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The seasonal festivities tend to give way to a period of ideas, hopes and plans. In Europe, the soft drinks industry is looking to formulate its strategies for the coming year. Before that, Richard Corbett considers last year's soft drinks and water NPD in the region, and picks his favourite.

January provides the opportunity to assess the trends and patterns which have shaped refreshment demands in the last 12 months. It is a chance to identify the acorns that were planted last year that could grow into big oak trees this year, and to explore some of the diverse range of new products that have recently entered the market.

2015 was a year when the rumblings of the anti-sugar lobby grew louder and this has proved to be influential in encouraging more low calorie, 'no added sugar', Stevia and, of course ,'Zero' products onto the shelves of European retailers. The term 'Zero' has now established itself firmly in the soft drinks lexicon and, last year, we had, to name just a few, Pepsi Max Zero, Schweppes Zero, Burn Zero, Monster Zero, Iskaffe Zero and Red Bull Zero all launching into new markets.

Meanwhile, what became very evident last year was that a number of players are sailing towards the less choppy waters of the packaged water category and are having a punt on the flavoured sparkling water segment. Nestle and Danone in particular are looking to capitalise on any consumer shift from CSDs to water.

One seed that was planted a few years ago, but is really now gaining momentum in more markets, is the Fever Tree tonic and mixer brand. For years, premium spirits have been making strong headway and it made sense that drinkers would want to use high-quality mixers to justify their extra spend. Suntory has raised its game as a result with an upgrading of its Schweppes mixers range. A deluxe range of exotic-sounding mixers appeared last year in new markets, including a pink peppercorn tonic, a ginger & cardamom mixer and a lavender & orange blossom mixer - all packaged in a glamorous-looking bottle to give them status. Other high-end tonics and mixers have also begun to spring up across the region as a result of the popularity of Fever Tree.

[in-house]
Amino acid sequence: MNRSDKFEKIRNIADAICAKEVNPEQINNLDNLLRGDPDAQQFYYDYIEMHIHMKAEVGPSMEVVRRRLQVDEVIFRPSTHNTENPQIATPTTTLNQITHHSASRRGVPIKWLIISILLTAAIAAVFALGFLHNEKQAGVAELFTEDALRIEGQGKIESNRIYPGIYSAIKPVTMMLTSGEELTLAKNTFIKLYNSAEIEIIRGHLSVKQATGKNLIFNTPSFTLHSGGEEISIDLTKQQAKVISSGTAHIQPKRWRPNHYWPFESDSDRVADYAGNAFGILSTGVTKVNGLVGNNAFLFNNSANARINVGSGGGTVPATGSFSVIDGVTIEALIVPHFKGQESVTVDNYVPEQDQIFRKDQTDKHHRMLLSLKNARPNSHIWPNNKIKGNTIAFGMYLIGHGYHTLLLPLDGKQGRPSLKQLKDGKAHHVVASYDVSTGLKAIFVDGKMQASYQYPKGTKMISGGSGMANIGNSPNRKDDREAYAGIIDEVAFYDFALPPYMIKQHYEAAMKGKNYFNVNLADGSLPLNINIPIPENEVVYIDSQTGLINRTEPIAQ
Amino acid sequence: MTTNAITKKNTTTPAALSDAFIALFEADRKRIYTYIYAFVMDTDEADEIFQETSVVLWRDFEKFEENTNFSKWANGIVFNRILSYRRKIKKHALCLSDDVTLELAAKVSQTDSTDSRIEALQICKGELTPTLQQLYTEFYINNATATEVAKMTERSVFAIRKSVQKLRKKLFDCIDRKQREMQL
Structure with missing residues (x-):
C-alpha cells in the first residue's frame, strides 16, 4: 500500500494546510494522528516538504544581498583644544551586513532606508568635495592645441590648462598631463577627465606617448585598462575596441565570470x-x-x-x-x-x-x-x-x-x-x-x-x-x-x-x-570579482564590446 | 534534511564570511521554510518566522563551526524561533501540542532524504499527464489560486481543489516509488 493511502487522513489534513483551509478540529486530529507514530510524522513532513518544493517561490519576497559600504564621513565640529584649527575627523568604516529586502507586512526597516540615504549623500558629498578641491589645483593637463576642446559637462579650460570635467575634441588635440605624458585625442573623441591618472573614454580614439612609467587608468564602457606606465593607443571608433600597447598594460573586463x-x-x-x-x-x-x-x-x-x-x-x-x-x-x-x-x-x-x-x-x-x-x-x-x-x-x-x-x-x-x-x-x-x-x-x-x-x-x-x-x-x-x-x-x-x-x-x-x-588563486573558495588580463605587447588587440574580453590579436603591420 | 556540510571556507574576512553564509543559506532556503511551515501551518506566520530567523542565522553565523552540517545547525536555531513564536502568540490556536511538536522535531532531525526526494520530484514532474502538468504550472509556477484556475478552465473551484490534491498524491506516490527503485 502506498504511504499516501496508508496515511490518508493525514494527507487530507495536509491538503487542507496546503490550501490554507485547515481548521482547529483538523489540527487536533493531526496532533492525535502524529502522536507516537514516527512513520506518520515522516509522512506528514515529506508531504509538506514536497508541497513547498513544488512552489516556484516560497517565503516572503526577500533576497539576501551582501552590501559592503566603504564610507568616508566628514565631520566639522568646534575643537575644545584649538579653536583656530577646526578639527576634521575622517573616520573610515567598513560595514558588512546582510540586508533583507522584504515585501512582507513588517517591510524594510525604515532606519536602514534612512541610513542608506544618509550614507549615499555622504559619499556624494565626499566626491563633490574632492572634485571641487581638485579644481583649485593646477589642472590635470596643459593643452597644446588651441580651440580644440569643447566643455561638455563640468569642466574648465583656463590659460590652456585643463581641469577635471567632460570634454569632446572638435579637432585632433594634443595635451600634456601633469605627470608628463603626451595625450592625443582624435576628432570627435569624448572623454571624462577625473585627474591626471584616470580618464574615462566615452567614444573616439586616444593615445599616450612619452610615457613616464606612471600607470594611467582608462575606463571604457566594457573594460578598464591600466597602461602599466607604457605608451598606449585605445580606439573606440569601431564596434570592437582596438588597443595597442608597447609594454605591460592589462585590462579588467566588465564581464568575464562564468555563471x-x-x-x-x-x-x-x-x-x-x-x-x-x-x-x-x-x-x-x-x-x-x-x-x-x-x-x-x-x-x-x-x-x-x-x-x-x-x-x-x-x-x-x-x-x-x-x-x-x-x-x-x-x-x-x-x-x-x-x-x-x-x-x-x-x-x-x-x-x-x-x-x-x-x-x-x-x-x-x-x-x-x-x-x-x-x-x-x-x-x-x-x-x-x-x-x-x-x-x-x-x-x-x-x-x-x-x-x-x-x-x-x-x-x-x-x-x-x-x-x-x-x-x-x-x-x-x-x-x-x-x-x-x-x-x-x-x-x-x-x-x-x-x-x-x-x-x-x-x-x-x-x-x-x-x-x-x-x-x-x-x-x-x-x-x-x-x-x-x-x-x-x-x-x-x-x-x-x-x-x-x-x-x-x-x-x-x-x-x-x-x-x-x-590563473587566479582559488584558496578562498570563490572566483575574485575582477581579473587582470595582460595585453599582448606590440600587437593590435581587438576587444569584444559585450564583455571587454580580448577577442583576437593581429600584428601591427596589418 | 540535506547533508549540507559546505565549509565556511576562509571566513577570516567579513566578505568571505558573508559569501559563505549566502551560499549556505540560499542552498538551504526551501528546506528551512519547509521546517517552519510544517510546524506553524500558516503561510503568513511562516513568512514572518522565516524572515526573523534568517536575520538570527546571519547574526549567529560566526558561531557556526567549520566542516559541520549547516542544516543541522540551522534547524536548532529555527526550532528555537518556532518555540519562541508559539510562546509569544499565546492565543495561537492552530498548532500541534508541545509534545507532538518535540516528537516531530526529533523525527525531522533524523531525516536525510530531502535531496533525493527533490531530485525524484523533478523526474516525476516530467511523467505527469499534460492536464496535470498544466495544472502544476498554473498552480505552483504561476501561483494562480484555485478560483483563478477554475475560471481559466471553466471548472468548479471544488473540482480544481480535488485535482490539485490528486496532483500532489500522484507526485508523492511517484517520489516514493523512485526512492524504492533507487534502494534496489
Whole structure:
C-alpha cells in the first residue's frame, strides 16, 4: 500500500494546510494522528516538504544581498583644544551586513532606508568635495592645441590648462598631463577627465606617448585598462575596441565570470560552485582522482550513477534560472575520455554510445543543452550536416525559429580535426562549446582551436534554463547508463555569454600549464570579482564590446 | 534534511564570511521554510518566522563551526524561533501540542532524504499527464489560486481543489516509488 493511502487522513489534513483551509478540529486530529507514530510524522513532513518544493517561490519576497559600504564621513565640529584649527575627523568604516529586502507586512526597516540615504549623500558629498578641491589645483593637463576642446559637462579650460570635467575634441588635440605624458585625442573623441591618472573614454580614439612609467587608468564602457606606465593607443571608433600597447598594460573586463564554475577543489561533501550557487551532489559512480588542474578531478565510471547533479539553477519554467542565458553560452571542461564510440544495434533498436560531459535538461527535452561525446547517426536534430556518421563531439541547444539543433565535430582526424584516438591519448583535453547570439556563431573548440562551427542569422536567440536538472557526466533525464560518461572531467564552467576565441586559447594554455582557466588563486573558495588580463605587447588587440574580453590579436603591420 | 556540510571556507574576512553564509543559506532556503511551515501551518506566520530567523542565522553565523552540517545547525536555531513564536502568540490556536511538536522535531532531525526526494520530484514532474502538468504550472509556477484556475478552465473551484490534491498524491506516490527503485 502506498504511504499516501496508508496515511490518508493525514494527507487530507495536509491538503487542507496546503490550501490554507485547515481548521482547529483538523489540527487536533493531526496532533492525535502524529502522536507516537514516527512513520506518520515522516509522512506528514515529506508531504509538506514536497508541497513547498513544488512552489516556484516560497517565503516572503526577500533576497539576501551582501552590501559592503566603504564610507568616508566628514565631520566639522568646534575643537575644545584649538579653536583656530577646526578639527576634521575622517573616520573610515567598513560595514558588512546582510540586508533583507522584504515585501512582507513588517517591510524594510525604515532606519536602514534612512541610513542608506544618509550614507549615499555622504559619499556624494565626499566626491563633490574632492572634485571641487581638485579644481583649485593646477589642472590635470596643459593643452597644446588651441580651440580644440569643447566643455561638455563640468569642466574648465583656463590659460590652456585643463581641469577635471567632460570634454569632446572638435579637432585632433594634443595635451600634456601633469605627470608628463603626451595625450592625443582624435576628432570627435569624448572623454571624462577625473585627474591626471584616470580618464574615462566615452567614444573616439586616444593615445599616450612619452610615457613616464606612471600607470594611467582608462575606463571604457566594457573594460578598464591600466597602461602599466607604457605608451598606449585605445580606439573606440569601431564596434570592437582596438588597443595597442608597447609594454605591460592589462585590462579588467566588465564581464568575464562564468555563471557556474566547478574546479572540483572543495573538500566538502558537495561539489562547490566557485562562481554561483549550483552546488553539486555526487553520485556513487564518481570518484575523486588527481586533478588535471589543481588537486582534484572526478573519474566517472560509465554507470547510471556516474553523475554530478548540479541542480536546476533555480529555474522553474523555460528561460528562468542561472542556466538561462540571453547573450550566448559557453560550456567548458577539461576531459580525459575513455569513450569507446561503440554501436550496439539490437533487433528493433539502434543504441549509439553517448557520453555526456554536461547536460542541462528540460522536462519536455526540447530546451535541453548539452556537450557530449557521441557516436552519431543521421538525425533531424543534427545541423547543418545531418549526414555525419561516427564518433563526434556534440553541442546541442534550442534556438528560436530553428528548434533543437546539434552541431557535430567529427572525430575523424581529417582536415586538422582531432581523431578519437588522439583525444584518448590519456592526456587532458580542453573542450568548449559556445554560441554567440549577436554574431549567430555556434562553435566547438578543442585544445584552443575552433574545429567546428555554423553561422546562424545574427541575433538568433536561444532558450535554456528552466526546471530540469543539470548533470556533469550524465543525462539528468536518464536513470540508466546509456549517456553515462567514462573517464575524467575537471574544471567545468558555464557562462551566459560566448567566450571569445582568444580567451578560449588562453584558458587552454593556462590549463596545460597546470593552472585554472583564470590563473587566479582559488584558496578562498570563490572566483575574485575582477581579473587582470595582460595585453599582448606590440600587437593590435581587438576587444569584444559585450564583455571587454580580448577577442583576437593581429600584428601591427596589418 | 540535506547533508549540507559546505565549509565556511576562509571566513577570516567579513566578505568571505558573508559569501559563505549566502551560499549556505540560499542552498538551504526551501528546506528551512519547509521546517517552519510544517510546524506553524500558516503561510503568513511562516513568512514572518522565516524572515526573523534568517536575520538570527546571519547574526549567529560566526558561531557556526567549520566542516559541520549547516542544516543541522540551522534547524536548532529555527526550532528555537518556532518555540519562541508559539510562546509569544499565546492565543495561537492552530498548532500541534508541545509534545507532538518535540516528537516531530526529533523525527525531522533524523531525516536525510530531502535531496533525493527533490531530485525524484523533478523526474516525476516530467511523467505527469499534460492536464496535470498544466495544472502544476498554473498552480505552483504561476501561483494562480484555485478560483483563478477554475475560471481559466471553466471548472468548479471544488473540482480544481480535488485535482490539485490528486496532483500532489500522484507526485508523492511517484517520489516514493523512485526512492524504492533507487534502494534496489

Classic cocktail mixers, like pina colada, mojito and strawberry saquiri, have again been utilised by adventurous operators in Europe. Mojito is a very popular cocktail flavour that seems to have migrated from the ready-to-drink alcohol sector to become a soft drink flavour in its own right. In Germany we even saw a 7-Up Mojito flavour launch, and the lime and mint formula has been adopted by a number of other brands who recognise its refreshing qualities.

Flavours in general remain the key focal point of innovation. In Germany, a new term to describe a set of flavours was born; 'Garden Fruits' include apple, pear, red and blackcurrant, cherries, rhubarb, and homemade lemonade. It has a nice, homely feel about it and I think it will stick. It feels 'local' and there is definitely a trend towards locally-sourced fruits. In both Italy and France, consumers enjoy buying domestically-sourced drinks because, not only do they trust them, but they also feel they are supporting their own local economies in a challenging economic environment.